Bacterial cell wall and cell membrane play a vital role in the survival, biofilm formation, and antibiotic resistance of a pathogen. Hence, a slight damage induced by a natural/synthetic antimicrobial compound could result in metabolic dysfunction/cell death. SEM and TEM experiments are highly essential techniques  in order to reveal any possible cell surface effects and/or intracellular alterations induced by ASHE/ASDE. It is evident from the SEM experiments that both gram-positive and gram-negative organisms tested showed signs of deep craters, burst, rough and damaged surfaces with depression, rupture lines, and cell debris. TEM experiments also showed clear disruption of bacterial membrane and leakage, which emphasize the bactericidal potentials of A. stipitatum.
Effective disruption and reduction of microcolonies were evidenced by CLSM images (Figure 7). The exact molecular mechanism underlying the growth and biofilm inhibition by ASHE and ASDE in MDR pathogens is not known; however, a recent investigation on the antibacterial effects of garlic (Allium sativum) concentrate and garlic-derived organosulfur compounds targets the cell membrane of Campylobacter jejuni . Diallyl thiosulfinate (allicin) an active ingredient in garlic is known to inhibit RNA synthesis in S. typhimurium . The use of crude plant extracts like ASHE/ASDE may be a valuable tool for future developments, also keeping in mind how economical it can be to obtain such preparations. However, further investigations must be carried out to define which of the many compounds from the multitarget crude mixtures is directed against which enzyme/protein.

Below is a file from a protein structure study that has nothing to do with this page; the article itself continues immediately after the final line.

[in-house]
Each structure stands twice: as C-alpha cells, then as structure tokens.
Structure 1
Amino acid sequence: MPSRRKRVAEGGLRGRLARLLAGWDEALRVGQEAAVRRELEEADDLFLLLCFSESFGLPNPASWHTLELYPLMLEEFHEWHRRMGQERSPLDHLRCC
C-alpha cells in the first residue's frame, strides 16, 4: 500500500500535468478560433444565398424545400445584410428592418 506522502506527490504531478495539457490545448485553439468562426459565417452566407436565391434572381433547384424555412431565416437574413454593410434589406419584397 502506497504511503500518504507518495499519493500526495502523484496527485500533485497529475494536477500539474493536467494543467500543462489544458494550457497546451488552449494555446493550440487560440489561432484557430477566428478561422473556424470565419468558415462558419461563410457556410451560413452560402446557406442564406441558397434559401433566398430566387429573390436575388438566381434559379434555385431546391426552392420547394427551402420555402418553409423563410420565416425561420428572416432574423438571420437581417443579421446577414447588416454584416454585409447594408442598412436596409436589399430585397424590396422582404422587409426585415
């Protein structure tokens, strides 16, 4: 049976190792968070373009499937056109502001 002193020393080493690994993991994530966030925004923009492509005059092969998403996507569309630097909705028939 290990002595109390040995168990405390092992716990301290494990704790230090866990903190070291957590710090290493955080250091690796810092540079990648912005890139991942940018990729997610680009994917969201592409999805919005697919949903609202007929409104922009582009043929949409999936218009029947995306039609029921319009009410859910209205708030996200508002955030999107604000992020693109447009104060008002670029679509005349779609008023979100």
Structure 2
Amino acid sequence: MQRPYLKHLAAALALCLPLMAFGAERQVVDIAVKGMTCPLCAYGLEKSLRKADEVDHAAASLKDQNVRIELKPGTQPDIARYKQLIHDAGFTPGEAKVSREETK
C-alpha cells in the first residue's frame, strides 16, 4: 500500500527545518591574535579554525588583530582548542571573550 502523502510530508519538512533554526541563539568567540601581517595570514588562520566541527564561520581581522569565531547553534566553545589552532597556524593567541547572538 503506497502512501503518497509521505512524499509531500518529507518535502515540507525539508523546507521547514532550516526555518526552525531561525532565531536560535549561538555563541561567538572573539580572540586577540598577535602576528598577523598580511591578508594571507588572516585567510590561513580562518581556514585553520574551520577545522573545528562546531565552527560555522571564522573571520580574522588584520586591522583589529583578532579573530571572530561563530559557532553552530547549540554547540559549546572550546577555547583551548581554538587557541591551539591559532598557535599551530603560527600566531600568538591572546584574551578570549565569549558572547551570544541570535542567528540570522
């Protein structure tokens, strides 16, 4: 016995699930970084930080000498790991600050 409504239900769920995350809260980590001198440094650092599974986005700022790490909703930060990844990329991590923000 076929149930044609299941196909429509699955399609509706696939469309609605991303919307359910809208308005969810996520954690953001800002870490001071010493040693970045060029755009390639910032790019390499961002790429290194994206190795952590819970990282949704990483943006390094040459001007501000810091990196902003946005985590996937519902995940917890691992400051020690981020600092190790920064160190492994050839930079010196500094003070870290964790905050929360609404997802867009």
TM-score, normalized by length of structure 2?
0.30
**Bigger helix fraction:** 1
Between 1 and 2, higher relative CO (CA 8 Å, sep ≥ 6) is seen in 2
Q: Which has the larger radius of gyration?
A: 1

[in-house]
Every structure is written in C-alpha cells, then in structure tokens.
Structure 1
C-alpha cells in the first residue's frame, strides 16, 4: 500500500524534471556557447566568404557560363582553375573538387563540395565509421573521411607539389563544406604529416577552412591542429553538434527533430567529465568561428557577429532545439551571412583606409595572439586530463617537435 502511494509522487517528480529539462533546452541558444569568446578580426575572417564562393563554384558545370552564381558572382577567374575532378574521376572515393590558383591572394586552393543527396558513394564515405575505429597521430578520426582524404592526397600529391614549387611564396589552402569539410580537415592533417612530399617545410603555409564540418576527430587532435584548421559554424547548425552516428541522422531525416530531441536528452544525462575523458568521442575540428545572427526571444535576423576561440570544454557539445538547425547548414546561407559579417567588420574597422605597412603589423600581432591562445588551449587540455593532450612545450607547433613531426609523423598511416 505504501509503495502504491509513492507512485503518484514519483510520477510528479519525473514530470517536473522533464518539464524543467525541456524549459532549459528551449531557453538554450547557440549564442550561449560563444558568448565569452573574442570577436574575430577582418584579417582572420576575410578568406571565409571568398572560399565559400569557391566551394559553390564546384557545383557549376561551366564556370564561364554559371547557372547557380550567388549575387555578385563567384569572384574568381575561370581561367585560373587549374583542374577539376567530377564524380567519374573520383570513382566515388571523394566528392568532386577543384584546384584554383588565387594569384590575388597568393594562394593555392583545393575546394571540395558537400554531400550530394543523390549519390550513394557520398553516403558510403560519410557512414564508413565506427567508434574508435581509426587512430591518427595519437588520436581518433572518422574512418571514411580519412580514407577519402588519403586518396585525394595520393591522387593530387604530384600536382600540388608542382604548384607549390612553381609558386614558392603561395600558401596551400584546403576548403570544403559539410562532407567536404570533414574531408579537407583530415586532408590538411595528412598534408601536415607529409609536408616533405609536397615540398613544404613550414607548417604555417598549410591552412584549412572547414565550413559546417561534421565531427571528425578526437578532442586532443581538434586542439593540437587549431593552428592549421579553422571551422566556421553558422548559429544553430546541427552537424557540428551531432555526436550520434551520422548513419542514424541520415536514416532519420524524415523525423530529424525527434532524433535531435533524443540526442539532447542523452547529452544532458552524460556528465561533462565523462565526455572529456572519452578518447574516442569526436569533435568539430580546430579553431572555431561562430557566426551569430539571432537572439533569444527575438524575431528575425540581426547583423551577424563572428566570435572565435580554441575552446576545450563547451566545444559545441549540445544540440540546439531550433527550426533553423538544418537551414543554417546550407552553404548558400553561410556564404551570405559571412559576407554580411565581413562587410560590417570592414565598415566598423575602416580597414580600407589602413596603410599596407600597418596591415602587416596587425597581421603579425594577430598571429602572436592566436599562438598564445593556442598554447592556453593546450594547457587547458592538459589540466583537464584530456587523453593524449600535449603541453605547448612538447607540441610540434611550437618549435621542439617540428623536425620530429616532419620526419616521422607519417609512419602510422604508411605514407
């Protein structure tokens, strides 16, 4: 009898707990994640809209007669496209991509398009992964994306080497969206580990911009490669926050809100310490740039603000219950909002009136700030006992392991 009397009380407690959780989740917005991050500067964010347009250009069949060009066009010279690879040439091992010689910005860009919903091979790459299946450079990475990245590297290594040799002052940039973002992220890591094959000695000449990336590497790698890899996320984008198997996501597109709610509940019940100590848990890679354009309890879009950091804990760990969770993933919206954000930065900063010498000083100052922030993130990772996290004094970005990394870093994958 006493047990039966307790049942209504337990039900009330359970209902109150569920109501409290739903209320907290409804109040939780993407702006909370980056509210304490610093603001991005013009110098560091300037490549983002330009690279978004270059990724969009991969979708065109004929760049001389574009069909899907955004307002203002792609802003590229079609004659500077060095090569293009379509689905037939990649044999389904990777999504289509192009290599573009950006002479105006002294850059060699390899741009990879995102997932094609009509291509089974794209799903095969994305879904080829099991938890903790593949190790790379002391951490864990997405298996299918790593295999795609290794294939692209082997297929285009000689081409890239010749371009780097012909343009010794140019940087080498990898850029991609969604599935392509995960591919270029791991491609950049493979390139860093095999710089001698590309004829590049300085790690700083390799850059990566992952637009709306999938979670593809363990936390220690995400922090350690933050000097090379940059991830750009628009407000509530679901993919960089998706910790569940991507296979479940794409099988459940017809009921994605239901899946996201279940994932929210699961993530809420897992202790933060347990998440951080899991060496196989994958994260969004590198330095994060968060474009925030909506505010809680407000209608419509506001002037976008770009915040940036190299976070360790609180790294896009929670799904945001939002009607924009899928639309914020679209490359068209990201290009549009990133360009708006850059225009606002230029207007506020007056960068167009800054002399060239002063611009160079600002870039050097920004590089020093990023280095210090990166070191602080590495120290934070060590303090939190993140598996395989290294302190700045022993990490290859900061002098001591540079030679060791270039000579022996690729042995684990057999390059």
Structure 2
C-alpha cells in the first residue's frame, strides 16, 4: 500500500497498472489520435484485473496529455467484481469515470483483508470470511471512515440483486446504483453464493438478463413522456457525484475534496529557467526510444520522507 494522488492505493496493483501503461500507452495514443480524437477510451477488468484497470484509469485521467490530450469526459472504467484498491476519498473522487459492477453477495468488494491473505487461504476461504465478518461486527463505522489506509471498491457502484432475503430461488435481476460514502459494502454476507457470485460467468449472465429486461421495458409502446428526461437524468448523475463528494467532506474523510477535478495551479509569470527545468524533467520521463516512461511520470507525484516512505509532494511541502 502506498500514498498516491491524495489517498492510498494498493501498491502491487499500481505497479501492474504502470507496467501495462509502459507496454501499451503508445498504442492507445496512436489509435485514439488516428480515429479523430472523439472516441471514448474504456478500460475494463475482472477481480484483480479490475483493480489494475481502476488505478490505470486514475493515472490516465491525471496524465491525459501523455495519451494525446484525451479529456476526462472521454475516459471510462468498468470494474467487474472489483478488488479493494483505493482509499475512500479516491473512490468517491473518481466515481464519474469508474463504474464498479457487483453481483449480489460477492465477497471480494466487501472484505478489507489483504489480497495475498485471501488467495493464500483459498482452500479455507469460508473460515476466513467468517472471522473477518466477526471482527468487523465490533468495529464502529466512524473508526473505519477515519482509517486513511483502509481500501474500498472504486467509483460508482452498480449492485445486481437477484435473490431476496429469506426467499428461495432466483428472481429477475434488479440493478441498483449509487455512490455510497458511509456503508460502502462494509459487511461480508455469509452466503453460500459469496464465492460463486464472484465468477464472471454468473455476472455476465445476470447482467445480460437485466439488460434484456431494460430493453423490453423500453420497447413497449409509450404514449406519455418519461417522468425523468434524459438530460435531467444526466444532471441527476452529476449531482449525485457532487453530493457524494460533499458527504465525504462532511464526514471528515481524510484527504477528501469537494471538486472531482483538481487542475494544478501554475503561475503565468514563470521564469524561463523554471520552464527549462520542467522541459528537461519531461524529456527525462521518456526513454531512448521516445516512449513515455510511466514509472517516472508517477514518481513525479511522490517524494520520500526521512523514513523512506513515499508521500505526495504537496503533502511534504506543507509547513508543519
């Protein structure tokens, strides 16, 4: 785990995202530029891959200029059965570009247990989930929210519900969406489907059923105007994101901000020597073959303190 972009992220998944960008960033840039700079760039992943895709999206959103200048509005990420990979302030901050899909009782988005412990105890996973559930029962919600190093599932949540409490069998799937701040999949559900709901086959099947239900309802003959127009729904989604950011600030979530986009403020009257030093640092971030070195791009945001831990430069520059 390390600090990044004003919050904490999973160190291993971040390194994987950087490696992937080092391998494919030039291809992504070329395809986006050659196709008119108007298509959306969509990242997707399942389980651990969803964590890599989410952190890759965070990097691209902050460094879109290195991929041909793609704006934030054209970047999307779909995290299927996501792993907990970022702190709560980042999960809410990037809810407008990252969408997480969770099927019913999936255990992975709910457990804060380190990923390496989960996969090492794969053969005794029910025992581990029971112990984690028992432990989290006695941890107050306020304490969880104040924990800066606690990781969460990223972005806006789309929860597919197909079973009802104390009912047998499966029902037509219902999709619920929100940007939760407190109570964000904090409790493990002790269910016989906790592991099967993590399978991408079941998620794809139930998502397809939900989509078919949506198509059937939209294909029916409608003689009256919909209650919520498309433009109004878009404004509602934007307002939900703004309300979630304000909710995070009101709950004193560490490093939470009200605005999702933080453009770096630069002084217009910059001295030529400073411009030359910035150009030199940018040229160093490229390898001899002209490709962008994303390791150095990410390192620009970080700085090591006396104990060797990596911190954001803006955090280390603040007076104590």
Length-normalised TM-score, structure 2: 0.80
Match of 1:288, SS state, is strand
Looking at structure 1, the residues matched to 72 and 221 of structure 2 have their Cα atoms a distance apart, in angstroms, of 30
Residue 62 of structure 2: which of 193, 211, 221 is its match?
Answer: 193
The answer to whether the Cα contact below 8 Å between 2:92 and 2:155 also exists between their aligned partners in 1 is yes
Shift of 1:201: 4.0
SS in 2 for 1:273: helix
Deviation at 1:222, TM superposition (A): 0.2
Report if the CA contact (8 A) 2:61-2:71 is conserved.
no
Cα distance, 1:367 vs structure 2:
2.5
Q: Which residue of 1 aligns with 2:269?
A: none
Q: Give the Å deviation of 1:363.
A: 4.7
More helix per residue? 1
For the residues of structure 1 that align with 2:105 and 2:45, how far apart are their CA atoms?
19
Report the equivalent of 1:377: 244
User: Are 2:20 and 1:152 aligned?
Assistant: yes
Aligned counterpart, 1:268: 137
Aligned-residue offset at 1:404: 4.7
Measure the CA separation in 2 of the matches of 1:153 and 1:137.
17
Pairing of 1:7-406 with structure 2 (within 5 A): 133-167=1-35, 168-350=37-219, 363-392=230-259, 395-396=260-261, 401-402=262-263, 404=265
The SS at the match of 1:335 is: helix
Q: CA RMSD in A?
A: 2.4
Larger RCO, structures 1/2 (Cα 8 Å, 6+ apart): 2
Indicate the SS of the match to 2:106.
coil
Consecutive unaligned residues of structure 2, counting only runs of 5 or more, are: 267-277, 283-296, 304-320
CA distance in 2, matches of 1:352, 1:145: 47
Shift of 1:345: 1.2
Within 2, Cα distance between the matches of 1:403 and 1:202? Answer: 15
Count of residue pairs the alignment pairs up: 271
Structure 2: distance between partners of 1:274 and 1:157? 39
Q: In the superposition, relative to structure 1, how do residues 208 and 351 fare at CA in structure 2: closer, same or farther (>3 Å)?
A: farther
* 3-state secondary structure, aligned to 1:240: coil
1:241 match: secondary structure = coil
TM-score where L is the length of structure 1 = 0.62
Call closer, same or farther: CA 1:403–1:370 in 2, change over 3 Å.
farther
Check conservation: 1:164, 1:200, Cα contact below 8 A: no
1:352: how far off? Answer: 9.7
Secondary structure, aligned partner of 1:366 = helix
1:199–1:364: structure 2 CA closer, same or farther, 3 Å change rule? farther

Allium stipitatum is a source for bioactive compounds such as antioxidants, anticancer, and antimicrobial agents and has been shown here to have bioactive potential against pathogenic biofilms. The data presented here provides sufficient in vitro antibacterial activity and further extends the potential of A. stipitatum as an antibiofilm agent in addition to explaining the traditional use of Persian shallot as an antimicrobial agent. Hence, the combinatorial use of A. stipitatum extracts along with antibiotics could help to eradicate MDR pathogens and biofilm associated infections in hospital settings. Studies on the isolation of the bioactive compound and its mechanism of action are currently under investigation in our laboratory.